22 Dec 2018
12 women headed to Sabarimala: Will they make history?
Since the Supreme Court, on September 28, struck down the ban on the entry of women aged 10-50 years to the Sabarimala temple in Kerala, not a single woman of the age group has been able to enter the temple.
Yet, despite threats by protesting Ayyappa devotees, a group of 12 women from Chennai are headed to the temple on Sunday.
The women are from a Chennai-based women's rights group
The 12 women who are willing to take a chance are all aged between 30 and 40 years, and are from Chennai-based rights activist forum Manithi.
Initially, 30 women from the group were slated to visit the 800-year-old temple, but most backed out after news of their visit broke last week, and protesting Ayyappa devotees threatened them with their lives.
The women are braving threats to their lives
While the 12 women seem to be unfazed despite the threats, their visit to the Sabarimala temple is expected to trigger a severe backlash from protesting Ayyappa devotees and right-wing groups, including the BJP, who are opposed to women entering the shrine.
The women, for their part, have said that they are visiting not as rights activists, but as devotees of "Ayyappa Swamy".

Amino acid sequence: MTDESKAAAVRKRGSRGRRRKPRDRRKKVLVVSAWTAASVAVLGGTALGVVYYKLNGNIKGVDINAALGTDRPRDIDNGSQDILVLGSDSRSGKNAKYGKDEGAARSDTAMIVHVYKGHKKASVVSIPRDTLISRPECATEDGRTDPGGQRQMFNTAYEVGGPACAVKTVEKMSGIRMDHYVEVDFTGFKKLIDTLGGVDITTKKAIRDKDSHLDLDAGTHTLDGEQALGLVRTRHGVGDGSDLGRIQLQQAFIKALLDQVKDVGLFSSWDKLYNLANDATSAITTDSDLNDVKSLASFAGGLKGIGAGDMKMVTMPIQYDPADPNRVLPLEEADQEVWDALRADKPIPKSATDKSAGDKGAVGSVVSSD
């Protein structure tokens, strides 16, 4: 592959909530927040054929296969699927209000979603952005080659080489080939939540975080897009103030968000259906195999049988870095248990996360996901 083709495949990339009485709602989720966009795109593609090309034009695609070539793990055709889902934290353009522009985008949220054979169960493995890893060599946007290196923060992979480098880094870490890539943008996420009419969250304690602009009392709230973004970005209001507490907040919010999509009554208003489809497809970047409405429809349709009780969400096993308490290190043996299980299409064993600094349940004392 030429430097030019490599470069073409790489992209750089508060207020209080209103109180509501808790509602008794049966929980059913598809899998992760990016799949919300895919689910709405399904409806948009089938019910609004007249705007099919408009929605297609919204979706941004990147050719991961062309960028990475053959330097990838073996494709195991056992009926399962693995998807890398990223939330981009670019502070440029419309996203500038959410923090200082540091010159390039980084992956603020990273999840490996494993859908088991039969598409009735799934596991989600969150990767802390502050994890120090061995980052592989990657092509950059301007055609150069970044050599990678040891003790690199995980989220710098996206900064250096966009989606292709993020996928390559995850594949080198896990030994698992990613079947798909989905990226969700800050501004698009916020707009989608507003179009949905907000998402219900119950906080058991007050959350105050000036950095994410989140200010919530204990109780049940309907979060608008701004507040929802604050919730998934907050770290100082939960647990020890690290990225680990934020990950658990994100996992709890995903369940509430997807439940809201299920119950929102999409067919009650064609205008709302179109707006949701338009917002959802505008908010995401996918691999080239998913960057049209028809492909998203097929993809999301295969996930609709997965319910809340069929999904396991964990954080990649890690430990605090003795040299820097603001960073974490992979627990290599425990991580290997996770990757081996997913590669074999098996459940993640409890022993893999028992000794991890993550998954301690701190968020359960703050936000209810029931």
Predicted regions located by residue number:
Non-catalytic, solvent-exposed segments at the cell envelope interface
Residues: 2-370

BJP is mobilizing people to block their path
Their plan is to reach Kottayam by Sunday morning, and travel by road to the Sabarimala temple.
However, the BJP has already started ferrying its members and other protesting Ayyappa devotees to Kottayam to try and block the group's passage.
Whether the women will succeed in entering the temple and making history remains to be seen.
Battleground Sabarimala: The fight rages on
Ever since the Supreme Court verdict, the temple has become battleground between women's rights activists and conservative believers, and between Kerala's Left government and right-wing groups.
While the Kerala government, in theory, has extended support to women, they have not been able to quell the throngs of protesters who have, so far, denied women entry to the temple.
Many backed out fearing for their lives
"We were 30 initially, but now the number has come down to 12. We are facing several threats because of which many backed out fearing for their lives," Vasumathi Vasanth, a member of Manithi, told TOI.
Manithi: We expect protection from the state government
"Most of us are observing customary fast and we are coming as pilgrims, not as activists. We have informed the state government about our pilgrimage and we expect protection to worship at the hill abode," Manithi office-bearer L Vasanthi told HT.